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Children are put in charge of practical duties like paying bills, cooking dinner, making grocery lists, booking medical appointments, and getting younger siblings ready for school. These tasks might be above their level of ability and comprehension.
Note, however, that not all childhood responsibilities are considered parentification. If you're unsure if your parent-child interactions are healthy, Dr. Henin suggests asking two questions: "Whose needs are being met?" and "Is the demand age-appropriate?"
"It's healthy for a child to be given age-appropriate chores to build their sense of competence and responsibility and increase their skills," says Dr. Henin. "It's also reasonable that older children take on more responsibility for brief periods of time (for example, if the parent has the flu for a few days). These situations are very different from the neglect associated with the pervasive, persistent, and intense demands placed on a parentified child."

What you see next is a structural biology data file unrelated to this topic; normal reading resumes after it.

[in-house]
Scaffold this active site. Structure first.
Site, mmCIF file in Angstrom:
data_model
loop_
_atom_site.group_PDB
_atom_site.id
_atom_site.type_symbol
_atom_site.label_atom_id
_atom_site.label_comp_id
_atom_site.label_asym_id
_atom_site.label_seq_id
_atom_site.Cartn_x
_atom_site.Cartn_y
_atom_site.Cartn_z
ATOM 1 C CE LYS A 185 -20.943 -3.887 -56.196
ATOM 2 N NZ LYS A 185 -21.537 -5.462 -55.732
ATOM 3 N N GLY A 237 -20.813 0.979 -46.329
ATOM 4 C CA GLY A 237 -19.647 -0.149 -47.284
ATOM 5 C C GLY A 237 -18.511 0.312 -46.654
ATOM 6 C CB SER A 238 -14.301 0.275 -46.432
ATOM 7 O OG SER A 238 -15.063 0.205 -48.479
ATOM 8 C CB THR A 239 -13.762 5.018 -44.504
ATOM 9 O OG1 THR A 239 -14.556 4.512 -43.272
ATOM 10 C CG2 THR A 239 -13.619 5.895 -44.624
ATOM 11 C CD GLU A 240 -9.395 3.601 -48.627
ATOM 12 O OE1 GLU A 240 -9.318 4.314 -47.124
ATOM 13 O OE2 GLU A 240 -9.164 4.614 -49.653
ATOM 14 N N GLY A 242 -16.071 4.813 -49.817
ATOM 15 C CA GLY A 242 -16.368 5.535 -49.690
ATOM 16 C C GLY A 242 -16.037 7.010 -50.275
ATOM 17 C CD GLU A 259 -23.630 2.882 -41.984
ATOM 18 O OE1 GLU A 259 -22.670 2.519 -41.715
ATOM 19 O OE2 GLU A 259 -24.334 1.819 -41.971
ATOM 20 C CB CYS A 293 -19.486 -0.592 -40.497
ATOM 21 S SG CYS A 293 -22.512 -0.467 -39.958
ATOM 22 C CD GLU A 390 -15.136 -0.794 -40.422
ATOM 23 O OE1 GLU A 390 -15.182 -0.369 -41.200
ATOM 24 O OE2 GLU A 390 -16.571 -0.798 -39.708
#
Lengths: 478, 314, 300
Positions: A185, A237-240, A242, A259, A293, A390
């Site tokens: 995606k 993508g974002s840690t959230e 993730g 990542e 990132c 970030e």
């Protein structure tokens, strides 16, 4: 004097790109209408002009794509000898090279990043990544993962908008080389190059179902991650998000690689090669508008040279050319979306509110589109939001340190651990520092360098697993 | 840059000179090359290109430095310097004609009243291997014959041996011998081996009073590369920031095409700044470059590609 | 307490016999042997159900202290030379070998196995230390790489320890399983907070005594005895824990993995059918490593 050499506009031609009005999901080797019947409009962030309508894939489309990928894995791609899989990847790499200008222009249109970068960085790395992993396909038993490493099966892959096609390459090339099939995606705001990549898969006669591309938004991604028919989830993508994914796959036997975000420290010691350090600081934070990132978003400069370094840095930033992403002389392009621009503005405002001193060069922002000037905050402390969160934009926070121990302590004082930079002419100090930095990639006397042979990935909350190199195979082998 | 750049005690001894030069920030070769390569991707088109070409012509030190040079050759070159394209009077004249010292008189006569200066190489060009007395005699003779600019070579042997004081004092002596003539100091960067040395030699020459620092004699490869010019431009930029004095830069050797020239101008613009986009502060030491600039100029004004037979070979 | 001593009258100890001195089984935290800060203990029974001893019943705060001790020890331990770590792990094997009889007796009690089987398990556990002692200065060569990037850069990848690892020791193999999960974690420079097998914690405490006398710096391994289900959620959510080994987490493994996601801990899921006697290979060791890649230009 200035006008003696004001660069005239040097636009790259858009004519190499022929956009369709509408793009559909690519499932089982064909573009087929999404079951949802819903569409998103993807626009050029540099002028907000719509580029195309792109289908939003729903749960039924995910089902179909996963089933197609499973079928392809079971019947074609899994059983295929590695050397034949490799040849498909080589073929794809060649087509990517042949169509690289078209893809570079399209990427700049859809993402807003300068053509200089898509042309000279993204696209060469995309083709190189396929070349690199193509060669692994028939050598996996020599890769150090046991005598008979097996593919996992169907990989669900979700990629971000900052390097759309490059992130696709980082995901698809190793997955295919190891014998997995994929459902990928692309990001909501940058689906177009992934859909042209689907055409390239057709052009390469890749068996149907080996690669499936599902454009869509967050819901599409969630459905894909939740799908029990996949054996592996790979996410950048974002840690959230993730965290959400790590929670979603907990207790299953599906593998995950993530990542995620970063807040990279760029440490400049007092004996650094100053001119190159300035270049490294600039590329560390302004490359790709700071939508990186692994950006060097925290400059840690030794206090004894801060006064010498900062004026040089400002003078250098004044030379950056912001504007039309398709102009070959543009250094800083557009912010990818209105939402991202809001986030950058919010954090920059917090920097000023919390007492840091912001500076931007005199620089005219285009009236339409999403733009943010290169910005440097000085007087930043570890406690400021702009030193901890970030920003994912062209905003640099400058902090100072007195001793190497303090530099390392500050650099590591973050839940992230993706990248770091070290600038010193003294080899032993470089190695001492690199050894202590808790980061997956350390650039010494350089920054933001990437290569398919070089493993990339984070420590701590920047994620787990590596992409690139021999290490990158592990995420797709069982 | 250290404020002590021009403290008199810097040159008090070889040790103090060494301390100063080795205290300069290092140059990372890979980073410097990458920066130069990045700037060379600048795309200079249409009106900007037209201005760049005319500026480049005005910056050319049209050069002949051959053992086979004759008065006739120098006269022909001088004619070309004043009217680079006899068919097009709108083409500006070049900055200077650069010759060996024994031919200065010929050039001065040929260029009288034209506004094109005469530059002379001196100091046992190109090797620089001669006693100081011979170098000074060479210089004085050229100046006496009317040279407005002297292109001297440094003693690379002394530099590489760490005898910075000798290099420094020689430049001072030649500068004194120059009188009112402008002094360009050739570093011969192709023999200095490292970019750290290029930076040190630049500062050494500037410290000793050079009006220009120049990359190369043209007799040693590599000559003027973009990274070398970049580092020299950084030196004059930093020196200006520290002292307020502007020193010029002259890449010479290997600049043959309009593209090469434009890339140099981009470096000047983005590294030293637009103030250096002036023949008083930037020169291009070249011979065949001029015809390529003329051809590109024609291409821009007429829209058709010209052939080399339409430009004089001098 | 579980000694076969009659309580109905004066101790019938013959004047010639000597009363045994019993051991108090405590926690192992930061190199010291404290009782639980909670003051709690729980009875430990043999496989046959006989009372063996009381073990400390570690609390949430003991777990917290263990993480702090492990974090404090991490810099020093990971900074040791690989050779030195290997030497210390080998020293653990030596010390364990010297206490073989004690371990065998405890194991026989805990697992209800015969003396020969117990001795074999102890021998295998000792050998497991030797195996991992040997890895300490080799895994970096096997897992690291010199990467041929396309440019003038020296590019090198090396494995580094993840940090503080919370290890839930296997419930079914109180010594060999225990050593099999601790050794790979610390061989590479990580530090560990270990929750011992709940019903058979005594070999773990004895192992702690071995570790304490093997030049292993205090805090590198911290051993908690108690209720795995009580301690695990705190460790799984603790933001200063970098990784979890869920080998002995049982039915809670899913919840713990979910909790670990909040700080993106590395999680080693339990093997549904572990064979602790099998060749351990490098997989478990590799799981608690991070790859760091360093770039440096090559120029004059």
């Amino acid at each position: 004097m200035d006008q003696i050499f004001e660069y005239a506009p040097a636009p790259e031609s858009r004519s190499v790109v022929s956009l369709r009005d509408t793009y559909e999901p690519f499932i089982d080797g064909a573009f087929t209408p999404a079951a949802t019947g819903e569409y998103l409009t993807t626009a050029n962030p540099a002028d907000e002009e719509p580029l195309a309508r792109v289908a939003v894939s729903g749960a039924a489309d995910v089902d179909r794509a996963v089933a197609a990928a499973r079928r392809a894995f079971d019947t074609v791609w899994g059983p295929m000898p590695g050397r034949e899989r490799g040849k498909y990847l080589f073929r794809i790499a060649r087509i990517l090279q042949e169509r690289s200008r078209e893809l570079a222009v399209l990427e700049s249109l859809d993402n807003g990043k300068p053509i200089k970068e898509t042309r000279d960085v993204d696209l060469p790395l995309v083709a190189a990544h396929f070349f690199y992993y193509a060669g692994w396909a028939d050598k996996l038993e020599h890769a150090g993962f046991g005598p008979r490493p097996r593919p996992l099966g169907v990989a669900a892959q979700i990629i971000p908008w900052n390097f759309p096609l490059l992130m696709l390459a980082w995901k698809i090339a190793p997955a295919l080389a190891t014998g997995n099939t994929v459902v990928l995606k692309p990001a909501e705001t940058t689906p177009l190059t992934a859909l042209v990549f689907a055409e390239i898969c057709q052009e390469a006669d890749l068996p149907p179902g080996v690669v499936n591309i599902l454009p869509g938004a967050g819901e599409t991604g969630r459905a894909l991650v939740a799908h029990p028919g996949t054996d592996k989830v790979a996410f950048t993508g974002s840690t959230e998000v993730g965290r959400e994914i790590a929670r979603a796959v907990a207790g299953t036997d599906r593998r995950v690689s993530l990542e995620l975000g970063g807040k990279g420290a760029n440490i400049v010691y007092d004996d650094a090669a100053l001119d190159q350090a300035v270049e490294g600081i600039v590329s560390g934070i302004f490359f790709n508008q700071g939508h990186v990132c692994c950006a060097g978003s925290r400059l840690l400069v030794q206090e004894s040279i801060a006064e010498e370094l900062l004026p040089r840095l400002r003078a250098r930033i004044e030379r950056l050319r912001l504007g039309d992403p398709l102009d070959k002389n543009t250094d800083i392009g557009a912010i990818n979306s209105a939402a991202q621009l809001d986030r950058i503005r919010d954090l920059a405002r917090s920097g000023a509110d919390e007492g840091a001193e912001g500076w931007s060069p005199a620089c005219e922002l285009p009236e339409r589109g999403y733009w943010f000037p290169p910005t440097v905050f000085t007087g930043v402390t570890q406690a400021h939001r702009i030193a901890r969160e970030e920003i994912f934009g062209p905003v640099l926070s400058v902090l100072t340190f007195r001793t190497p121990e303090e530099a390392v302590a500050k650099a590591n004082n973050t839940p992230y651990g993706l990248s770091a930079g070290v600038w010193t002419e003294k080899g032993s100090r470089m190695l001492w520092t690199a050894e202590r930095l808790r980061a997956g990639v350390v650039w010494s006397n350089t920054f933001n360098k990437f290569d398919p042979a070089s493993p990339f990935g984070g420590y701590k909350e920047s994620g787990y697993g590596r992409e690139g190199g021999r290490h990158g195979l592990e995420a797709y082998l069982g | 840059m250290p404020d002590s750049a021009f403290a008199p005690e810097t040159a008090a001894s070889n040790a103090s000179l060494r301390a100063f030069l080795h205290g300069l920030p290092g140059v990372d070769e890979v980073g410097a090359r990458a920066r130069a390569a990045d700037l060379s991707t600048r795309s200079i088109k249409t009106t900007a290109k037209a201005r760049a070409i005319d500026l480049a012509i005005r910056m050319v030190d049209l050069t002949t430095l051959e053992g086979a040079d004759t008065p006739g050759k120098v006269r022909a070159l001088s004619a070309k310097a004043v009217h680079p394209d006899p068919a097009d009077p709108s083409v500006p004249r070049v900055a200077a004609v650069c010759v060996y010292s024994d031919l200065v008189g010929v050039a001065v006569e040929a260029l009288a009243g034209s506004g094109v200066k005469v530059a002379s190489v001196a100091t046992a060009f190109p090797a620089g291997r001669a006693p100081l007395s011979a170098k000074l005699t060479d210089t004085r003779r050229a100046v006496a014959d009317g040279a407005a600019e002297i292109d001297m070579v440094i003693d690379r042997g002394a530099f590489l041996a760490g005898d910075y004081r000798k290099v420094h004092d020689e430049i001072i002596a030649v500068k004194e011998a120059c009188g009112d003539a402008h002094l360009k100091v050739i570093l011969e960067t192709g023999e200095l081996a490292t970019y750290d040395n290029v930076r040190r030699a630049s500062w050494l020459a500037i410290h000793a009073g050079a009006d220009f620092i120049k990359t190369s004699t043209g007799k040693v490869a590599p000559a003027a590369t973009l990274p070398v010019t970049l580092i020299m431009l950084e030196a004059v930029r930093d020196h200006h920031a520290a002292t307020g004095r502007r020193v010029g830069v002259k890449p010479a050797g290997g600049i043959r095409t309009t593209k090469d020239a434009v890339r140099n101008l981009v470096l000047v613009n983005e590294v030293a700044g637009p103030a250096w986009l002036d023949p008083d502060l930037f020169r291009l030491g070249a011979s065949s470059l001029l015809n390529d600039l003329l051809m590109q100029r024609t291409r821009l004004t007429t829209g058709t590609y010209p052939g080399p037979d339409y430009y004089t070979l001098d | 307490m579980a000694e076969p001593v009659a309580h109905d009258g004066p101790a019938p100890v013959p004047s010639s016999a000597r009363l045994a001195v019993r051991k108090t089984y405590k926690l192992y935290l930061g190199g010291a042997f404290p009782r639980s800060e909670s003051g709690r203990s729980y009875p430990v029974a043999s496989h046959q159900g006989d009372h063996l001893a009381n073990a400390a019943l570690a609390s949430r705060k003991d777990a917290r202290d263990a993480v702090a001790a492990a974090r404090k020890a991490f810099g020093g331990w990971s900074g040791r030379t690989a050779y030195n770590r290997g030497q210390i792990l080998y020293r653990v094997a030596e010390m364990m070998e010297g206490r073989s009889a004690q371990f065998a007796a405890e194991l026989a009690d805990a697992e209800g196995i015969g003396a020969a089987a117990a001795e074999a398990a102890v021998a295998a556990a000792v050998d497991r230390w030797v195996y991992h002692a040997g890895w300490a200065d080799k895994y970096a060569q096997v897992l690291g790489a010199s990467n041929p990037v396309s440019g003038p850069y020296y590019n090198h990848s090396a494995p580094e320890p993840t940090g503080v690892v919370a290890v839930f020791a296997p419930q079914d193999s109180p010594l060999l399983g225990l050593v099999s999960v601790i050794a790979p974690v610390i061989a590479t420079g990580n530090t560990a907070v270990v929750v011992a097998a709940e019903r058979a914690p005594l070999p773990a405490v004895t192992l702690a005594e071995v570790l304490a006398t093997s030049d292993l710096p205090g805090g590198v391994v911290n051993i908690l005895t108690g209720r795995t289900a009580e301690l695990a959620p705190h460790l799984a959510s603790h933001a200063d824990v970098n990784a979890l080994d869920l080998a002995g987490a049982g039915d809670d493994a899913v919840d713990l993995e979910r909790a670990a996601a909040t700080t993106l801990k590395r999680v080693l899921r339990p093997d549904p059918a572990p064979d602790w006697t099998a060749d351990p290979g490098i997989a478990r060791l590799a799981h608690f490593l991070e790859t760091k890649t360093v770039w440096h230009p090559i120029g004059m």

Why Does Parentification Happen?
Just as every household is different, so are the reasons behind parentification. "It typically unfolds because the parent is experiencing some form of physical or emotional impairment that impacts their ability to assume the role of reliable and predictable caretaker," explains Dr. Henin. This can take the form of addiction, disability, or a mental or physical illness.
Other times, parents are thrown into the parentification process by life events. For example, if one parent dies, the other might need their child to pick up the slack. Financial hardship could also prompt a parent to take on another job, leaving less time for household duties. Finally, some parents are just flat-out neglectful, creating the perfect storm for parentification.
"Kids are always asking 'Who do I need to be to get love and attention and security and stability in this family?'" says Dr. Kennedy. "They need to figure that out to feel safe from an attachment perspective." If kids realize that caring for parents provides these feelings of love and stability, then they will take on that role of caregiver—even if it's beyond their developmental abilities.
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How Does Parentification Affect Children?